There’s been a tiresome narrative that Derek McInnes in particular has been itching to push since yesterday – that Aberdeen were the better side.
In almost every interview possible, McInnes has done his best to let everyone know that Celtic were apparently inferior to the Dons. That’s despite the fact we ended up winning 2-1 at Pittodrie.
The Aberdeen manager told official club outlet Red TV the following:
“We got after Celtic. I thought we were the better team. The conditions were difficult. But the game has still got to be played for both sets of players. Celtic today were second best for long periods of the game, one or two of them would have maybe taken a point but they have come out on top.”
He said something similar in his post-match comments to BBC (Sportsound 16/02, 22:10). He claimed then that Aberdeen were the better team when we had a back five and a better team when we had a back four.
Where were all of “dominant” Aberdeen’s chances?
Ash Taylor was next to talk about Aberdeen’s apparent dominance, telling Red TV that the Dons had “dominated large parts of the game” and that they were “worthy of three points if not one”.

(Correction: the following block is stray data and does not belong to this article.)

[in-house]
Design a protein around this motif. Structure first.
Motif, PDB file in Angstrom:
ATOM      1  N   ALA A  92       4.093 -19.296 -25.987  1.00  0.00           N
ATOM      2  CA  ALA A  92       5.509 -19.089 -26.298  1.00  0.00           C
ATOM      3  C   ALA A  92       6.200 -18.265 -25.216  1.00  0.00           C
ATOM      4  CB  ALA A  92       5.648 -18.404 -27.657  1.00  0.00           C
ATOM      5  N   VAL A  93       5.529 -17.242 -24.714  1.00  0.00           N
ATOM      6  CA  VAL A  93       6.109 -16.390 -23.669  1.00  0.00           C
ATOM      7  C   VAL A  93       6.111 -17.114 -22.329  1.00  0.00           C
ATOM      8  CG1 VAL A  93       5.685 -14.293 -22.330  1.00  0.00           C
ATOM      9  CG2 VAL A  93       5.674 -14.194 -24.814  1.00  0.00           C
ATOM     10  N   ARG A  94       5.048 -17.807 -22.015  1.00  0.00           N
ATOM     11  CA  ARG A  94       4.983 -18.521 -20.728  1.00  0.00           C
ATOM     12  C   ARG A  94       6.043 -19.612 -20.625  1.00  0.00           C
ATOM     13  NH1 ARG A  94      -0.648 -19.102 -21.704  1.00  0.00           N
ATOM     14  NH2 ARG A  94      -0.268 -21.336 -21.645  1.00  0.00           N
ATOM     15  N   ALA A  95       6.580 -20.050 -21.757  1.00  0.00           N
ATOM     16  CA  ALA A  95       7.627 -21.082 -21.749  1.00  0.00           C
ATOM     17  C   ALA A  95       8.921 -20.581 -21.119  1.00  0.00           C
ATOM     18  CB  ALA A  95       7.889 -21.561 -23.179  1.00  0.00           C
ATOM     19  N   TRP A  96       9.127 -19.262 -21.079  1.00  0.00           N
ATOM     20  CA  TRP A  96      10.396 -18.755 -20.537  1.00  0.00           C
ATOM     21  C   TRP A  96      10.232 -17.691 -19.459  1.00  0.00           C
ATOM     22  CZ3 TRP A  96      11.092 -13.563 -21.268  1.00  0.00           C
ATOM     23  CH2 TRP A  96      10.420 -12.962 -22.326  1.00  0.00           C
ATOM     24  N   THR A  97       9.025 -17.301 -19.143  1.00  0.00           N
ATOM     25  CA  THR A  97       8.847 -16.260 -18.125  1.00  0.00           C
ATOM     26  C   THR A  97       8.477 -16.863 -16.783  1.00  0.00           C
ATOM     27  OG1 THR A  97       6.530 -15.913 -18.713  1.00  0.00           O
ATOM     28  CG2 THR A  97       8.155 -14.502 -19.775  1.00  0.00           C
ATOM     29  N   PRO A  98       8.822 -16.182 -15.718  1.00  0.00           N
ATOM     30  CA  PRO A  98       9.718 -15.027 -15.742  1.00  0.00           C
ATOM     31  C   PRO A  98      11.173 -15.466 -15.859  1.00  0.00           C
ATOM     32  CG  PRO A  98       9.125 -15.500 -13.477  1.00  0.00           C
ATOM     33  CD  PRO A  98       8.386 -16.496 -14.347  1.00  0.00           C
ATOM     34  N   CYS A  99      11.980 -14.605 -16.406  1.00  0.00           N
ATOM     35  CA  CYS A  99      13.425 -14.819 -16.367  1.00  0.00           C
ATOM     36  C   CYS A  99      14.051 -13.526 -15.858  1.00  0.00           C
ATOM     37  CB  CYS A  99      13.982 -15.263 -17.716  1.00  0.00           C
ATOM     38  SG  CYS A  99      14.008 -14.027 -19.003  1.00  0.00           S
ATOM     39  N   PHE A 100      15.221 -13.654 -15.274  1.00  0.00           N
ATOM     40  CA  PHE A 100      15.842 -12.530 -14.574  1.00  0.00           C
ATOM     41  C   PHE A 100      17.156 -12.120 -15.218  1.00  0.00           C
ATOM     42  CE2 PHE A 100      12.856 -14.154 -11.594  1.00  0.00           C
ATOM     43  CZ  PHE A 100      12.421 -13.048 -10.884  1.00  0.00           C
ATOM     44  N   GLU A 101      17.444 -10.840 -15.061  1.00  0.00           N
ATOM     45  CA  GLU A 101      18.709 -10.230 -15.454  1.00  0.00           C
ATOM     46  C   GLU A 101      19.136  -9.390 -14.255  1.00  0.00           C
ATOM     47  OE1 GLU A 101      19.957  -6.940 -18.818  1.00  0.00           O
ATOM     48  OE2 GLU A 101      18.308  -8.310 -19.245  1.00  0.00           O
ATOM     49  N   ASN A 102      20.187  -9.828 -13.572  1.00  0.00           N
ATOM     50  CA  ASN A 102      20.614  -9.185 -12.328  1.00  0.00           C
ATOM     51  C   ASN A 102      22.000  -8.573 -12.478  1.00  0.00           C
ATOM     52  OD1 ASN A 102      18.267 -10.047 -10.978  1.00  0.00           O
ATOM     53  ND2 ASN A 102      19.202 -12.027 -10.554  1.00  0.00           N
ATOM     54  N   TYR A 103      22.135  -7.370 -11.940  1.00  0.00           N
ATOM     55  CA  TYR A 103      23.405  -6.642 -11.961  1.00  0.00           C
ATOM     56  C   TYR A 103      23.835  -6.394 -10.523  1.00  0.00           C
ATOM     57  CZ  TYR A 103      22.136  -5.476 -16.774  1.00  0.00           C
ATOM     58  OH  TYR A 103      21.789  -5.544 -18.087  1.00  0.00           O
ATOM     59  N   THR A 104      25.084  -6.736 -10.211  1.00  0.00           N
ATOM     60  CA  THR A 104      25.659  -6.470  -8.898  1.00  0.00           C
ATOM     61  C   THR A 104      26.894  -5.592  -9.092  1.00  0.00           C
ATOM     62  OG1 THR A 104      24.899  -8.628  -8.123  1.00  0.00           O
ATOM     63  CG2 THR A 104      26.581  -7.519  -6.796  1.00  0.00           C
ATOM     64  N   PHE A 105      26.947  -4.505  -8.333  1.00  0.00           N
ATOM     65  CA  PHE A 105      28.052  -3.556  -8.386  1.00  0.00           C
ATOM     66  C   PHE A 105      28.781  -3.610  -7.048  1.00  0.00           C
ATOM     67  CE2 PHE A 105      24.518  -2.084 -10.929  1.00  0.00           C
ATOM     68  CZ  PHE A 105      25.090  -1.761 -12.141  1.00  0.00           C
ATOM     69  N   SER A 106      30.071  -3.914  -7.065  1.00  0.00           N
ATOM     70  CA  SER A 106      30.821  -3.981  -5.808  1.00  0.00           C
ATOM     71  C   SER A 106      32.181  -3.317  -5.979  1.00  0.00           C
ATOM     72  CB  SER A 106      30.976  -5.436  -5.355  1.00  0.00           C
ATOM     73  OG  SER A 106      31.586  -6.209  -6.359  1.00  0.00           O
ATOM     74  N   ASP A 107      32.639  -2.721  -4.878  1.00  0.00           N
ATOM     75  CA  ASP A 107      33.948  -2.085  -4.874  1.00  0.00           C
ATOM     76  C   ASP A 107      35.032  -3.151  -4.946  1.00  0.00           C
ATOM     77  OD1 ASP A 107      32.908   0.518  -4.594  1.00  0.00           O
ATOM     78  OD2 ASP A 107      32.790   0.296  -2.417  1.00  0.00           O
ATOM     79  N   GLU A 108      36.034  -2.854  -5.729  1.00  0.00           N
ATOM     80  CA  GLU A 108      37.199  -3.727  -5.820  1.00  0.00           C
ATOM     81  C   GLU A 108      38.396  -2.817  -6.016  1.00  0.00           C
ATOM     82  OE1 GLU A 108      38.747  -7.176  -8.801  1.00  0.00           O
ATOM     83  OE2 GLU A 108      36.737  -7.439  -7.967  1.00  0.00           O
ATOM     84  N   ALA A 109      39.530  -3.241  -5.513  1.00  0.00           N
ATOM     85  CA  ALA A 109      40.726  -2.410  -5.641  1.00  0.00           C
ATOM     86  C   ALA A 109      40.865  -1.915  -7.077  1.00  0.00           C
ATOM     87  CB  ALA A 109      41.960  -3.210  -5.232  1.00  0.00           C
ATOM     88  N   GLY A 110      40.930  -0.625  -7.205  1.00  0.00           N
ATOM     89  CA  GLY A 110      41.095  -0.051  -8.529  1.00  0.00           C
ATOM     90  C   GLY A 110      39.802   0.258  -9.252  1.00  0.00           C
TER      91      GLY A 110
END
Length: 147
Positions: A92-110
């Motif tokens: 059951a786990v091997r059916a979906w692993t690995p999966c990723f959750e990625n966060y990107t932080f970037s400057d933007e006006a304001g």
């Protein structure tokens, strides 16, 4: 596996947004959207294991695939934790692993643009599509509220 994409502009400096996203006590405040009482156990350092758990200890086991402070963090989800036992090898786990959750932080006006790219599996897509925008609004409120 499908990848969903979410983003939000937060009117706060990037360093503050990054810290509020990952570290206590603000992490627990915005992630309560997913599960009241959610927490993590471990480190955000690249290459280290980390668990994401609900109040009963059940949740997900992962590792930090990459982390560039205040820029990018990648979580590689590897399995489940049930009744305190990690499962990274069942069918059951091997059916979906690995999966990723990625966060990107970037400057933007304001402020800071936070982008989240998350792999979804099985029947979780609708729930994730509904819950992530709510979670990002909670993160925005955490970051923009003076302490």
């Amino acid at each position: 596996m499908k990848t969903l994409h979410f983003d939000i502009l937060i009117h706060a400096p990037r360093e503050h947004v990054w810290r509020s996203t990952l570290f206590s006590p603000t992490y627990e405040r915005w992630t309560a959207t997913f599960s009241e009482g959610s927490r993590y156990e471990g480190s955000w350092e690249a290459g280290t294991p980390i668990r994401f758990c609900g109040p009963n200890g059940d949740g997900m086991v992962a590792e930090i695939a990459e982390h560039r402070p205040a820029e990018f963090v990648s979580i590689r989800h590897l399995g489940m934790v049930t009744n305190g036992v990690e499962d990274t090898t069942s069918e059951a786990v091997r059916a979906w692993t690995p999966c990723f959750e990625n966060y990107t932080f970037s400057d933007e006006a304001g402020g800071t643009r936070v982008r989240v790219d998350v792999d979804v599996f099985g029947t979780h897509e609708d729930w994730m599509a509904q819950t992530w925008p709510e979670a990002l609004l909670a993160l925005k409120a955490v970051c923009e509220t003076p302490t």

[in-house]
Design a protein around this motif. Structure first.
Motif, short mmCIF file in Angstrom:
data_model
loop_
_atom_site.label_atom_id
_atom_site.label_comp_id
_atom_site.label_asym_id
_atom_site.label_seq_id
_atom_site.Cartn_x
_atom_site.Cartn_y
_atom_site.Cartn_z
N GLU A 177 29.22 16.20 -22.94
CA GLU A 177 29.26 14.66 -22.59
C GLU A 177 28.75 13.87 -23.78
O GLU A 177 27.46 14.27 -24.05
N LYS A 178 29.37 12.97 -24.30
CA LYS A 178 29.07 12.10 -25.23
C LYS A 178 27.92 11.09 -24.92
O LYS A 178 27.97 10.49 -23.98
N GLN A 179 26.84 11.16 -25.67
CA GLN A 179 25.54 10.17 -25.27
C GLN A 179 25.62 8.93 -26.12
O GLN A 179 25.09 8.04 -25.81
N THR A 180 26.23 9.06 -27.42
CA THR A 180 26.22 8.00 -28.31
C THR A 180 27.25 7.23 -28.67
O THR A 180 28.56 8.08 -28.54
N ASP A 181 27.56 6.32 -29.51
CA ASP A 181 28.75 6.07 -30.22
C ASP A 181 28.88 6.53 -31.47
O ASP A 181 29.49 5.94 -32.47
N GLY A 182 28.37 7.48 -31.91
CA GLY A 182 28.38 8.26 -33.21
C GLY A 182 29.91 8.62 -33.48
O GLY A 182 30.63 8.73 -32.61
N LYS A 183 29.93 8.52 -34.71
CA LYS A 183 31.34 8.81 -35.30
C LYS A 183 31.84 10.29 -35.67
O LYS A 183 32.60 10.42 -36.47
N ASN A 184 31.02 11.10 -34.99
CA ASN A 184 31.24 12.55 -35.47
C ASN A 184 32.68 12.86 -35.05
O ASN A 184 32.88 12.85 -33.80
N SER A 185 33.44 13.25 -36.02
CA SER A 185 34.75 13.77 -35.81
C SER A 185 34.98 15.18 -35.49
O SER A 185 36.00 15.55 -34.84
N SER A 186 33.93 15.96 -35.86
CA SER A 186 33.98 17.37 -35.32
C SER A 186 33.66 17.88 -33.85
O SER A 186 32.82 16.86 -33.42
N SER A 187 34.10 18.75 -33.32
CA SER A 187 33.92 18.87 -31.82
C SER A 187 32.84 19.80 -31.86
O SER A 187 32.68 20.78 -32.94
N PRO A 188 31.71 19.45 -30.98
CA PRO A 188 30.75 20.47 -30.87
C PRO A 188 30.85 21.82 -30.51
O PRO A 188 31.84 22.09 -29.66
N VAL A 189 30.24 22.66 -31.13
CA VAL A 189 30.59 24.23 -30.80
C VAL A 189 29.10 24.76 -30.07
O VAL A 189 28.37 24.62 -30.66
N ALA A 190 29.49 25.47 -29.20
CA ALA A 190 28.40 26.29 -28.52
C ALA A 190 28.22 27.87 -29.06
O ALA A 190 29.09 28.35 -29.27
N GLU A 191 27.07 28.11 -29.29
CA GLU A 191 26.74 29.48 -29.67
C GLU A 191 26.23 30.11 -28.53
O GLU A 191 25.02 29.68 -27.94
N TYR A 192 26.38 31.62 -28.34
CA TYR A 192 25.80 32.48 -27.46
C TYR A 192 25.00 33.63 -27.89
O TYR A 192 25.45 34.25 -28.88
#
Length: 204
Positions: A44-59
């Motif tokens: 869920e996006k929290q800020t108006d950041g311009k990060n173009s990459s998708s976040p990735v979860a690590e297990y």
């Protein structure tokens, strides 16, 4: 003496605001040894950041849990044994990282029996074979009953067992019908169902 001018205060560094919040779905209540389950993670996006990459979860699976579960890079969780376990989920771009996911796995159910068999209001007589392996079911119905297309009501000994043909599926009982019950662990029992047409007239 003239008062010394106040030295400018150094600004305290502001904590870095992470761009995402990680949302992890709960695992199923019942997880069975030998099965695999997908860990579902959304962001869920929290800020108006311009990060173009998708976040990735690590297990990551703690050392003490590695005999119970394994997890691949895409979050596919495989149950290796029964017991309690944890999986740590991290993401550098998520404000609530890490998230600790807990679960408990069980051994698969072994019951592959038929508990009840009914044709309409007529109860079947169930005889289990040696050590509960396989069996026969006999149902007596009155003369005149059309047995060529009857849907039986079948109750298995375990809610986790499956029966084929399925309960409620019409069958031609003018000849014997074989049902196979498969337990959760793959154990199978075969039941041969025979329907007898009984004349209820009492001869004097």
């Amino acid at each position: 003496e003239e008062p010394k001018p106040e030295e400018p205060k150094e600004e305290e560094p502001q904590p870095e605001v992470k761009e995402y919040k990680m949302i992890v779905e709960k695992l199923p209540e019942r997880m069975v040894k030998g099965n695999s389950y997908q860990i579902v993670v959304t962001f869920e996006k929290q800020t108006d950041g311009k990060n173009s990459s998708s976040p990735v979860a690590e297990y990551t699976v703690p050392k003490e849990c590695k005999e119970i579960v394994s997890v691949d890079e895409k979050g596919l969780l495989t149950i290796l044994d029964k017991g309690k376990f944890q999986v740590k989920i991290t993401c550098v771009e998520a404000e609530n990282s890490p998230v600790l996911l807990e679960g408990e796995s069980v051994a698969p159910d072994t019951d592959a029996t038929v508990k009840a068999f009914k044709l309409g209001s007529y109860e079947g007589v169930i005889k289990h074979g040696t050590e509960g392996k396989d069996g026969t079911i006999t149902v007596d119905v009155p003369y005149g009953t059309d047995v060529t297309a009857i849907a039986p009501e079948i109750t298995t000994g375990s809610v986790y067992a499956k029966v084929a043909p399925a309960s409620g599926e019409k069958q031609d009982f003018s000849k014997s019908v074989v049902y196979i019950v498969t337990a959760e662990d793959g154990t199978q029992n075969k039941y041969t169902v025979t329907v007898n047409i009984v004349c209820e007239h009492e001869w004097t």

It’s probably a sign of how poor Aberdeen have been recently that they’re so chuffed by this performance. However, unfortunately, they’re blowing it a tad out of proportion.
The official BBC report from the game had both sides level on possession at 50-50 and equal on shots too with six apiece. In fact, Celtic had more shots on target than the Dons with four to their three.
Throwing some crosses into the Celtic penalty area without actually working the goalkeeper doesn’t make you the better side. Equally, we can hardly lay claim to the title of being the better team either. We were poor yesterday, and gave Aberdeen far too much space to get at us down the flanks.
However, it’s clutching at straws from McInnes and co to start the whole “Aberdeen the superior side” nonsense. It feels as though whenever teams give us a game we have to listen to that kind of garbage.
Fraser Forster hardly had a thing to do. Outside of Taylor’s goal and a Funso Ojo strike, did he even have a save to make? Most of his work came from claiming crosses. They won set-pieces and didn’t give us a moment of peace in defence or the midfield – fair play to them.
But did they dominate us? Evidently not. Unsettling and dominating are two totally different things.